Try this stunning classic chess pie recipe the next time you need an easy old-fashioned southern dessert.
It’s sweet, creamy, and such a delight!
If you’re not from the south, chances are you have no idea what a chess pie is. But you may have eaten it before.
It’s essentially a type of creamy custard pie with a deliciously flaky crust and golden top.
And it’s nothing short of magnificent.
So whether you’re a southerner missing home, or a foodie wanting to try something new, this classic chess pie recipe is the one to beat!
What Is Chess Pie?
Chess pie is a popular southern dessert with a sweet custard filling and a thin, golden brown topping.
The filling mixes evaporated milk or buttermilk with eggs, butter, sugar, and vinegar.
That’s baked into a simple pie shell until the set and a thin crispy layer forms on top (like a brownie).
The topping doesn’t call for a separate procedure.
You’ll just mix some cornmeal into the custard filling, and it’ll rise up and form a crust as the pie bakes.
The idea is to use simple and easily accessible ingredients to make a delectable dessert.
Fortunately, the idea was executed beautifully. And this is one of those southern pies that’s really stood the test of time.
Chess pie is extremely sweet, though, so be warned!
Why Is It Called Chess Pie?
No one knows for sure.
But some suggest the term is a bastardization of “cheese” pie which somehow became “chess” pie with a southern twang.
I’ve heard that it came from a conversation between a baker and her family, who would constantly ask her what pie she was making.
She’d answer, “it’s jus’ pie.”
Another theory suggests the name is derived from the “pie chest,” a piece of furniture southerners used for cooling and storing pies.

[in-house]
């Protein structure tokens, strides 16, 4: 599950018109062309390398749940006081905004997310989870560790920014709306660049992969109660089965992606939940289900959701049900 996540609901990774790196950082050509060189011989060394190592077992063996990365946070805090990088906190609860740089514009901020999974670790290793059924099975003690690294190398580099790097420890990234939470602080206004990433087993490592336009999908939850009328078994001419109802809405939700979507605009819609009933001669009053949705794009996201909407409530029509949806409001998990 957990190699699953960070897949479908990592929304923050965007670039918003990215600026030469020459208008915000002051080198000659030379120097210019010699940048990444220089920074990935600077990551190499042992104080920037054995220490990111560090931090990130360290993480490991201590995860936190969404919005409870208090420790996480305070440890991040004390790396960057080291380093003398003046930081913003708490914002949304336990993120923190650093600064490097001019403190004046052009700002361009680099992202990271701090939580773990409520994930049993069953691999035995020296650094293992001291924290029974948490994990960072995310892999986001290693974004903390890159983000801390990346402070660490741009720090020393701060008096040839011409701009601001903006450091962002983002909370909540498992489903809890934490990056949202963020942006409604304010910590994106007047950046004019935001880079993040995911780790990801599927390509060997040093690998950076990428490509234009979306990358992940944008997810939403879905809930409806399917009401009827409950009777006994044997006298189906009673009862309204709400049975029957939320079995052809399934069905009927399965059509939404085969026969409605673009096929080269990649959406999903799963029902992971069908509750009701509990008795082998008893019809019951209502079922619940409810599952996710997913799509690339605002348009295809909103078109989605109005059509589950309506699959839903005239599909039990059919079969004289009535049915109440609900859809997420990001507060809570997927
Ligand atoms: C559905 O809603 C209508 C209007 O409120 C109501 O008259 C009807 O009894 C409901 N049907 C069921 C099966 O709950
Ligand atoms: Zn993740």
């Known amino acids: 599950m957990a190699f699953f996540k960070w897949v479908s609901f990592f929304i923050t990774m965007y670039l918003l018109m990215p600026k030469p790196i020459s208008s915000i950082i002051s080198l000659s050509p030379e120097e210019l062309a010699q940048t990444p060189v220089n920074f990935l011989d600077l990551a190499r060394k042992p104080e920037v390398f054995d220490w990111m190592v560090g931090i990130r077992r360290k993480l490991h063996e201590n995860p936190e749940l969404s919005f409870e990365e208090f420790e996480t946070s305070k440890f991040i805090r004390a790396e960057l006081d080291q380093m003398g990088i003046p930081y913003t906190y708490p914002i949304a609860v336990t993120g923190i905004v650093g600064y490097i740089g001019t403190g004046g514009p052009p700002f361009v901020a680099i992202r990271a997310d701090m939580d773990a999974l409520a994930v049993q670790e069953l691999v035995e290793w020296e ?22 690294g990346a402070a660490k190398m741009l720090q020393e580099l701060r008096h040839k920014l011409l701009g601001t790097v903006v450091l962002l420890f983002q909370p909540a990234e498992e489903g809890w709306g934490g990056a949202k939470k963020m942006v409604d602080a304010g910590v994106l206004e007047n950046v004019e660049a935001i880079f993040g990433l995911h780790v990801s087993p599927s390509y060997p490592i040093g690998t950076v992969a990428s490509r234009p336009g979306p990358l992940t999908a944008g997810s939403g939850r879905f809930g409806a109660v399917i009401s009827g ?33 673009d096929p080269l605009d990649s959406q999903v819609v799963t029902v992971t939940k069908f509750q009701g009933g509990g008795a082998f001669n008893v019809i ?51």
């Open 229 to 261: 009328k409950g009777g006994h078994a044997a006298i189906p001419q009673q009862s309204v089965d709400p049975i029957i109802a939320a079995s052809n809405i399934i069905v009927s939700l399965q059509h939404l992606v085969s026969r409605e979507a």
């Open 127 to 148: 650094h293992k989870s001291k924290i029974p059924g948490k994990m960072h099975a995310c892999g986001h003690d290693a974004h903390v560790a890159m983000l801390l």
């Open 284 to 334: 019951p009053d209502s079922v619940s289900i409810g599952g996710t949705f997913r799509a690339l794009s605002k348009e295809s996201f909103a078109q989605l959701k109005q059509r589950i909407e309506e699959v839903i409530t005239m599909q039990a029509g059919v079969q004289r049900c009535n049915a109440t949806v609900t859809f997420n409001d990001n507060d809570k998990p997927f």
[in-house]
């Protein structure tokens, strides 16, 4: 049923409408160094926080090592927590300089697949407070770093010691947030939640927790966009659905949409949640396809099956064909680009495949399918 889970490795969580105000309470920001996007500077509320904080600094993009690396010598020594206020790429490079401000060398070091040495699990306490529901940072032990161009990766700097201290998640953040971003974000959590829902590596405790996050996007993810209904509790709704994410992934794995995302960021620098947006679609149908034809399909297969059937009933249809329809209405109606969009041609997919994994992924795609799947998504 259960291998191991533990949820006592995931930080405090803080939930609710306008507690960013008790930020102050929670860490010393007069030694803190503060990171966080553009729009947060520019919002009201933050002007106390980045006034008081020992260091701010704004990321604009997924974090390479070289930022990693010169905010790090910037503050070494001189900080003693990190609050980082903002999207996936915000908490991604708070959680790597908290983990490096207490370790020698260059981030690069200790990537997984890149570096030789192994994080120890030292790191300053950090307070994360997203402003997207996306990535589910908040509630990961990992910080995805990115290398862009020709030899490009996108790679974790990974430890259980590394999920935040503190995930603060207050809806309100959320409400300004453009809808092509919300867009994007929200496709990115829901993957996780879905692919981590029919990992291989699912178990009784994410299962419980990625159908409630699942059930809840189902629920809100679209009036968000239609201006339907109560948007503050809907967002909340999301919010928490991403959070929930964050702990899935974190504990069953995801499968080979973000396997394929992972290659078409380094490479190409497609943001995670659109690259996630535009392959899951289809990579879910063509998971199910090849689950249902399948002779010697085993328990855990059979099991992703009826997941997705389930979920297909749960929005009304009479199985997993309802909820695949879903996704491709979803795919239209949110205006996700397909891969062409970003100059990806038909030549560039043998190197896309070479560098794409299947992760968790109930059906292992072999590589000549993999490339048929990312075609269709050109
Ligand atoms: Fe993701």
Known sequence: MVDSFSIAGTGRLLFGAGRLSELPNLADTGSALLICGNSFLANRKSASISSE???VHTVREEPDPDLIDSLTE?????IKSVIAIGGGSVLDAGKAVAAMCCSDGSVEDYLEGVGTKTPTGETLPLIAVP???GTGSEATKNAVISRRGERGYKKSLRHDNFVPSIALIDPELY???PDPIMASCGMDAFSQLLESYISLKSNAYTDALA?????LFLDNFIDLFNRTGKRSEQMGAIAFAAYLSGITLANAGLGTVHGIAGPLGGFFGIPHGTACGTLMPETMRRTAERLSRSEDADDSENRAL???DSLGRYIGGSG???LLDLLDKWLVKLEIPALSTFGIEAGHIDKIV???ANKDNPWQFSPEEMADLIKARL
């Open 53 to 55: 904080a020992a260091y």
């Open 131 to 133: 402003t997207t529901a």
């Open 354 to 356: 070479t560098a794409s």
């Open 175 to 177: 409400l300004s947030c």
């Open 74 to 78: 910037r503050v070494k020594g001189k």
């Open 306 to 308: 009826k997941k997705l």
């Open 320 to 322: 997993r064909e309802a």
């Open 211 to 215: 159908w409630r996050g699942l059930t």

Luckily, it doesn’t really matter. The pie’s taste speaks for itself.
This is one of the easiest pies you’ll ever make. And if you have a pre-made pie shell, the rest comes together in a snap.
It makes the custard filling rich and creamy.
Since this pie is on the sweeter side, I prefer salted butter to balance the flavors. But that’s up to you.
Brown and White Sugar
Let me warn you again: chess pie is a very sweet pie. So much so, you’ll need two whole cups of sugar for this recipe!
Most recipes use white granulated sugar, but I like to use a mix of white and brown.
Brown sugar contains molasses which gives the custard a deep, caramelized flavor. It also adds moisture to the custard.
It’s not custard without eggs, after all! They’ll bring a rich flavor and bind the filling ingredients together.
For extra richness, I add an extra egg yolk to the recipe.
A lot of recipes call for evaporated milk, which brings even more sweetness to the mix.
But I like you use buttermilk because that added tang helps to balance all the sugar in the mix.
If you don’t have buttermilk on hand, just mix a tablespoon of vinegar or lemon juice with a cup of milk and let it sit for 5 minutes (or until it curdles).
This is what sets chess pie apart from other custard-filled desserts.
As the pie bakes, the cornmeal in the filling rises to the top, creating a thin, golden, crumbly crust.
Any cornmeal works, but the most common choice is stone ground.
You can also use white cornmeal if you don’t like the taste of corn so much. White cornmeal has a more subtle corn flavor than others.
Just a small splash to give the sweet pie a bit of tangy flavor contrast.
While you’ll get the tastiest results when you use a fresh, homemade pie crust, no one will judge you if you opt for store-bought.
Your chess pie will still be excellent, no matter what.